Robby Krieger is the youngest member of The Doors, having been born January 8, 1946. Here’s a quick bio for Doors and Robby fans.
Robby was born in Los Angeles. He developed an early interest in music, playing the trumpet as a child. Later, after discovering the blues, he played the piano. When he was fourteen he started surfing, and his parents, afraid that surfing was distracting him from school, enrolled him in a private school near San Francisco where he borrowed a friend’s guitar and was soon teaching himself to play and became enamored of flamenco guitar. After high school he returned to Los Angeles, enrolled in college mainly to avoid the draft and got into the folk scene where he played in a couple of bands. After seeing Chuck Berry, Robby traded his acoustic guitar for an electric. Prior to The Doors, Robby was in the band the “Psychedelic Rangers” with John Densmore who recruited Robby to The Doors after meeting Ray Manzarek in a meditation class.
In The Doors, Robby was responsible for the psychedelic roar of the guitar that was most audible in the song “When The Music’s Over.” Krieger’s eclectic and varied training also led him to use different styles, such as his use of drop-D tuning to mimic a sitar in “The End,” more of a blues approach in “Love Me Two Times,” and his flamenco chops in “Spanish Caravan.” Krieger also stepped into the creative breech of songwriting when needed for The Doors. He mostly employed the themes of Jim Morrison using archetypal imagery such as in “Light My Fire” and “Your Lost Little Girl” and at times he paired with Morrison in writing songs like “People Are Strange” and “Hyacinth House.” Krieger’s songs have become some of The Doors’ biggest hits including “Touch Me” and “Love Her Madly.”
Some fast facts about Robby:
His parents were early supporters of The Doors, enlisting the band to play at a party given by friends of Robby’s parents. Max Fink was Robby’s father’s attorney and later came to represent not only The Doors but Jim Morrison.
Robby shares his birthday with Elvis Presley (January 8, 1935) and they were both twins. Robby’s twin brother Ronnie appears in the Malibu U video in place of Jim Morrison because Morrison didn’t show up for the filming.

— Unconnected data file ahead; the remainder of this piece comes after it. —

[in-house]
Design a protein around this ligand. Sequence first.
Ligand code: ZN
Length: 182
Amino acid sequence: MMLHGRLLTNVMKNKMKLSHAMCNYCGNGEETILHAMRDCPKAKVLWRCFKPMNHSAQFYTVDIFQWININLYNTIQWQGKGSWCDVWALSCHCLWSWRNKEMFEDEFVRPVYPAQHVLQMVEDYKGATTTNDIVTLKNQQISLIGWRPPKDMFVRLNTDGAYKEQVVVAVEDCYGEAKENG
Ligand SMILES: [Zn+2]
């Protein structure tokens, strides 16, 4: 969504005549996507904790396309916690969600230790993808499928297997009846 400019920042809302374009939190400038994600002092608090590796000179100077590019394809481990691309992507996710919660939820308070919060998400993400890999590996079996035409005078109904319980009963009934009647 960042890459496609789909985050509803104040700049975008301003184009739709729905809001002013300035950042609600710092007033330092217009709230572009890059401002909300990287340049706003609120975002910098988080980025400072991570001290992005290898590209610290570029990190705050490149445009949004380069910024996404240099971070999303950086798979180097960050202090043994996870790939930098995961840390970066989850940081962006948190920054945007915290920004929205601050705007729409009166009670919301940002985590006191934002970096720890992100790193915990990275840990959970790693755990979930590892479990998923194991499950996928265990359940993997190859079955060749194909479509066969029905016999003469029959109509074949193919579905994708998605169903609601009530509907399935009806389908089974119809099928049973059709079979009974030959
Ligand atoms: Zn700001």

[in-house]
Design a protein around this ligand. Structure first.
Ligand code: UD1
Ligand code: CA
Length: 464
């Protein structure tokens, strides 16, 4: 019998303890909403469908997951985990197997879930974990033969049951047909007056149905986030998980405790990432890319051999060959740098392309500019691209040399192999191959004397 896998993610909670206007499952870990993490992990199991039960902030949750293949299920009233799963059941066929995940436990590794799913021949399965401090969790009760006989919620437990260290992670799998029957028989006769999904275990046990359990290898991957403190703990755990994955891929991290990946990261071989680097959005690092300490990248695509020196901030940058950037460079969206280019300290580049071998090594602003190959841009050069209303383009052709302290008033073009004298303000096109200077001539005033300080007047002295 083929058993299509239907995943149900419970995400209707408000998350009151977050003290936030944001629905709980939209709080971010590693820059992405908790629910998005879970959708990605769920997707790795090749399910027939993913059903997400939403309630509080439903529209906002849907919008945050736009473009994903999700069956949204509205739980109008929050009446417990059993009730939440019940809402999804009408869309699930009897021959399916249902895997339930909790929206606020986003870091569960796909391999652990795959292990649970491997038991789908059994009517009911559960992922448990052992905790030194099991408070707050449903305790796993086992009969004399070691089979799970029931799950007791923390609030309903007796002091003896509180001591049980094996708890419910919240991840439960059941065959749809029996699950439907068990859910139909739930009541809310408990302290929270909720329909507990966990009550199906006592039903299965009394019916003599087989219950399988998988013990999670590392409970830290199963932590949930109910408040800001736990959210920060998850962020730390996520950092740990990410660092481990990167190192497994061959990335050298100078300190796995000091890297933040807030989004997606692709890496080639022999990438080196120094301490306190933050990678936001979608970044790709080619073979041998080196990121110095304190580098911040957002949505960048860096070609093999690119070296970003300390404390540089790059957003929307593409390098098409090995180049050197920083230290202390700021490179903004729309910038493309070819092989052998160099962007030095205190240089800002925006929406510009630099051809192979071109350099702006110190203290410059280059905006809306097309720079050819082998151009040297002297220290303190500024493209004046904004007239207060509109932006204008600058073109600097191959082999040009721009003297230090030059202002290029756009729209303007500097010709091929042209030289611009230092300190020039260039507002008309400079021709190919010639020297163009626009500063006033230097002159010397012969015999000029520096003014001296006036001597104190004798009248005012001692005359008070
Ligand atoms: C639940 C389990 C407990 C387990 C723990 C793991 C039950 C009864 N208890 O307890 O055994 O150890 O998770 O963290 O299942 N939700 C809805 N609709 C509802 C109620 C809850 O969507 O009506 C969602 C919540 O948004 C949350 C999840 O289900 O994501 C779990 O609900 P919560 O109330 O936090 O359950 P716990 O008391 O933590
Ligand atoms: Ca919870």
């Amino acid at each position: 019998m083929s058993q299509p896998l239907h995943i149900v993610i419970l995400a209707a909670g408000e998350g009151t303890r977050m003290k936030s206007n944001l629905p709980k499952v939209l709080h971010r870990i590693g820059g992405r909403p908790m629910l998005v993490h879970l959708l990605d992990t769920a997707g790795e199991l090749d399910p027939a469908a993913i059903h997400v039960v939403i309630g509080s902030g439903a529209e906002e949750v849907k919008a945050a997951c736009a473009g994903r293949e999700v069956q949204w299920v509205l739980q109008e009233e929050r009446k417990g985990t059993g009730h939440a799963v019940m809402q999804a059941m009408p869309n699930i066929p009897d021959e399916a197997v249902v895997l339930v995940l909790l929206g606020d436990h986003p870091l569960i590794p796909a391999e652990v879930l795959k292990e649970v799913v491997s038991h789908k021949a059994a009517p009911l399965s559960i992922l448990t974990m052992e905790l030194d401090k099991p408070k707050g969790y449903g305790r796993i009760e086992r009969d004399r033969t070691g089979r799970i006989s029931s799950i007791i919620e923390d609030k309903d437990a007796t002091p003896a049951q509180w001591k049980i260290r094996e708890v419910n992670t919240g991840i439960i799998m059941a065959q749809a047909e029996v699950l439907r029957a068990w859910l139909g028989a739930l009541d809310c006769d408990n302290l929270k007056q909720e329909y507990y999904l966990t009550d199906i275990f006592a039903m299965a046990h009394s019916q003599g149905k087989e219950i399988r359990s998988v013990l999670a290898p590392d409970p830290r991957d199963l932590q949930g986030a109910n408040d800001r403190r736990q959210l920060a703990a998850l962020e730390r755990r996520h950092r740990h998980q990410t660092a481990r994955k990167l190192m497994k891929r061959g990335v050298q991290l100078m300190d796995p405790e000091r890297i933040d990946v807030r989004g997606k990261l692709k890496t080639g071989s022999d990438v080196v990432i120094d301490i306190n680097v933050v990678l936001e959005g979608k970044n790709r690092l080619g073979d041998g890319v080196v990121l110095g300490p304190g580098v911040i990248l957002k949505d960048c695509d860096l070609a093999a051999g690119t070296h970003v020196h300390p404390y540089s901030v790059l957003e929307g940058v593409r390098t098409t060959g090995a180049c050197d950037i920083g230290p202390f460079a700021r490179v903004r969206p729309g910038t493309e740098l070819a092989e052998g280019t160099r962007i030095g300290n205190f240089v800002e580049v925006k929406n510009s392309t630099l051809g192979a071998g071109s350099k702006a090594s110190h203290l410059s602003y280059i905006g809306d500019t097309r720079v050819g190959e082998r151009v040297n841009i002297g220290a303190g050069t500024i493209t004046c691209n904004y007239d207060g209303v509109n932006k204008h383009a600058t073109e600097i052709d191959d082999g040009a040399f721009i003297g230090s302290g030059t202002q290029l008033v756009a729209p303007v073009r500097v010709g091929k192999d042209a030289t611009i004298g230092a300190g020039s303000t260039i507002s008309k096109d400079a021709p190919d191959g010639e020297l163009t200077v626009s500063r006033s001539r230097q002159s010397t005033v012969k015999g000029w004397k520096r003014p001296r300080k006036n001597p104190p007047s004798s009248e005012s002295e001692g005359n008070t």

The songs “Touch Me” and “Love Her Madly” were inspired by arguments with his girlfriend Lynn (who later became his wife). “Touch Me” was originally titled “Hit Me” but Morrison refused to sing that because he thought the audience would be all too ready to take him up on the offer.
Robby donates a lot of his time to charity work, lending his name and performing for charities that raise money for music programs. Robby also sponsors an annual golf outing to raise money for St. Jude’s Children’s hospital.
Robby still plays a lot of shows throughout the year. Most recently he’s appeared with Gov’t Mule for a special holiday show. He’s also appeared with his jazz band Robby Krieger’s Jam Kitchen. And he does a lot of media work, promoting Doors reissues like “LA Woman” and playing on Conan O’Brien’s show just for fun.
Robby still lives in the hills above LA, his old stomping grounds from The Doors days, and he had a geodesic treehouse installed in his back yard.
In recent years Robby toured with the Manzarek-Krieger Band, but the passing of Ray Manzarek in May of 2013 led to rapprochement with Doors drummer John Densmore that in turn led to at least one surprise performance at the Los Angeles County Museum of Art on December 5, 2013. You can also watch the Q and A session with Robby and John with host Elvis Mitchell. Krieger and Densmore hinted that they would like to play a show on or around the anniversary of Ray Manzarek’s birthday (February 12) and finally did so in 2016.
Happy Birthday Robby!
Originally published January 8, 2014.